“The reluctance of most big publishers to make ebooks available through library lending is a topic of widespread attention and concern,” wrote Mike Shatzkin, a blogger at The Idea Logical Company (www.idealog.com/blog), on March 27.
“What really rang true [after the Random House decision] was the fear that the consumers in an emerging ebook ecosystem would ‘learn’ that getting ‘free’ ebooks from libraries was just as easy as getting ebooks from retailers and paying for them,” Shatzkin said. “Given that all this requires is pointing your web browser in a different direction, it looked to many of the publishers like a really poor bet to enable ebook lending by libraries. Sales of ebooks to libraries isn’t a huge market, so the upside is limited. And with many ebook retailers struggling to gain traction in an Amazon-dominated marketplace, the consequences of even a small loss in sales could knock players out of the game.”
Amazon’s Kindle is in competition with other makers of ebooks, including Apple with its iPad, Barnes & Noble (the Nook), Kobo, and Sony (the Sony Reader). And there’s a lot at stake: Sales of adult ebook titles rose 49.4% between January 2011 and January 2012 ($66.6 million versus $99.5 million), while ebook sales in the children and young adult segment shot up 475% ($3.9 million versus $22.6 million).
Again, the lack of data in a field that is developing at warp speed means that “publishers are implementing policies that they know will result in their revenue being reduced immediately in order to develop what they believe will be a stronger and more diversified distribution network for ebooks in the long run,” Shatzkin said. “As most people know who are following the tribulations of libraries trying to stock ebooks, four of the Big Six publishers [Hachette Book Group, HarperCollins, Macmillan, Penguin Group, Random House, and Simon & Schuster] are not making any ebooks available to libraries at all (except titles already sold in the past.)”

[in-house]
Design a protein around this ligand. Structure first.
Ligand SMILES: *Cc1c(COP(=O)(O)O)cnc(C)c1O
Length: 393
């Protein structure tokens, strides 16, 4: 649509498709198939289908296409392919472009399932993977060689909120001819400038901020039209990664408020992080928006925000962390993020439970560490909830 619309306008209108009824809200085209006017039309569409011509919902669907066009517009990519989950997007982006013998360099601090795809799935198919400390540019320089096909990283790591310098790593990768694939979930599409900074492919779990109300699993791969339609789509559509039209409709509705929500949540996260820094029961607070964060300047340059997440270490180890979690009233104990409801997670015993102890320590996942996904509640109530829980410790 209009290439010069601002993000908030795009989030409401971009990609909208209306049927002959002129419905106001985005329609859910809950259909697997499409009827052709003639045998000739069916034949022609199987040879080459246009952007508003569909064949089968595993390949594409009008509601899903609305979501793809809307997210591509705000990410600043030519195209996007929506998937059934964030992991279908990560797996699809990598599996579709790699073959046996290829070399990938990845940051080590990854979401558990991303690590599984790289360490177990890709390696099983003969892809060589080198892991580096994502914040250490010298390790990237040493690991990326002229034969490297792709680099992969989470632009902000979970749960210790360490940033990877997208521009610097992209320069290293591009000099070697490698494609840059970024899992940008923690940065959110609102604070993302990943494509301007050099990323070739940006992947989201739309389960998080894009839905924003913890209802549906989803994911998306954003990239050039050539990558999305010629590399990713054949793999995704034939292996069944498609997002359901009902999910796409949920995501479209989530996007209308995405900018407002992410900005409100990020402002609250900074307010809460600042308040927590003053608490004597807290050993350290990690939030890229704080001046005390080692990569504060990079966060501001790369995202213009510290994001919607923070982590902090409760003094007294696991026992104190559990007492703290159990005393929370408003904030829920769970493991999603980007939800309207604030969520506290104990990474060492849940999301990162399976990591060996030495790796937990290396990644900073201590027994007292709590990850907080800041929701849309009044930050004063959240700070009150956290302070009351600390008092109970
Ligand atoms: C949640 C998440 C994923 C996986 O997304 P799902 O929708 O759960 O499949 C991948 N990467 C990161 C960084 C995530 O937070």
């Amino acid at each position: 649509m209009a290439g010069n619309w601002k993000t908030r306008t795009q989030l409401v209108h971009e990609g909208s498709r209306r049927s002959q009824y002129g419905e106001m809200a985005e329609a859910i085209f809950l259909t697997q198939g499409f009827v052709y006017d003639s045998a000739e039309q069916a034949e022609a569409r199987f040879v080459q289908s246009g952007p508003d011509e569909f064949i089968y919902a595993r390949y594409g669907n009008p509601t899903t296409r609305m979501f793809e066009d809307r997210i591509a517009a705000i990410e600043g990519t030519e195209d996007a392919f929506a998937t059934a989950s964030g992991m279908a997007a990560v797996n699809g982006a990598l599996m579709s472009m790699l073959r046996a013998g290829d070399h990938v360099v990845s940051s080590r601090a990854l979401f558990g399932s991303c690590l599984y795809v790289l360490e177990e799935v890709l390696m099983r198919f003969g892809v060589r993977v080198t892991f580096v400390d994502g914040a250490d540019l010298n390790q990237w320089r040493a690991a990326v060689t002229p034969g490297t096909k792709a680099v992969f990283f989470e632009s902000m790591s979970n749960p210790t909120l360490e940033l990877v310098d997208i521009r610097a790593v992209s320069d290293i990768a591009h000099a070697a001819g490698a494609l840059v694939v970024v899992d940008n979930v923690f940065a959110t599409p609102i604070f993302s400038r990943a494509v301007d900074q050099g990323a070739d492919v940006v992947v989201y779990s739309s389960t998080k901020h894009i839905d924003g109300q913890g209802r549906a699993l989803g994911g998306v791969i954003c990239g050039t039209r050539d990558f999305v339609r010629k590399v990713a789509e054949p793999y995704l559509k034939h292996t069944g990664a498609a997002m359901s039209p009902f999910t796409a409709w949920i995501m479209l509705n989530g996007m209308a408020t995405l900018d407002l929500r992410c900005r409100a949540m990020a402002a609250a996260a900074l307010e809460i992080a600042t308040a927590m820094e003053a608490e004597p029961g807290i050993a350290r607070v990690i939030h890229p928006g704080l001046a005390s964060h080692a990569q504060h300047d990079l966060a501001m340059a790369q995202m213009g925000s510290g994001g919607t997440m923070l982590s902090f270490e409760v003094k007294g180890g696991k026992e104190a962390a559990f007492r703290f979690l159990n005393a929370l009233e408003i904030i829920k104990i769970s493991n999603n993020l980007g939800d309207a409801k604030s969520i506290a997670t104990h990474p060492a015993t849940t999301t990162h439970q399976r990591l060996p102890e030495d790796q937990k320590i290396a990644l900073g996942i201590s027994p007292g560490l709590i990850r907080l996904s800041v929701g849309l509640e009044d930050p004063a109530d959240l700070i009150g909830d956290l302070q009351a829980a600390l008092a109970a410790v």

One possibility: Make ebooks available through libraries after the titles have started on a downward sales trajectory at retail. “Yes, this is windowing,” Shatzkin said. “If publishers did it on their big ebook titles, they’d be doing exactly what Hollywood is doing with DVDs of major movies, which are also withheld from library distribution until the theatrical and early DVD revenues have been harvested.”
In sum, no one is quite sure where the ebook–library relationship is going. Is this a marriage that’s breaking up or an engagement that’s just going through a rough period? Time will tell, and more data will certainly help.
Meanwhile, it’s worth recalling that in 1992—ancient times, in this context—Sony launched the Data Discman, an electronic book reader that could read ebooks stored on CD-ROM. One of those ebooks was a collection of titles called The Library of the Future.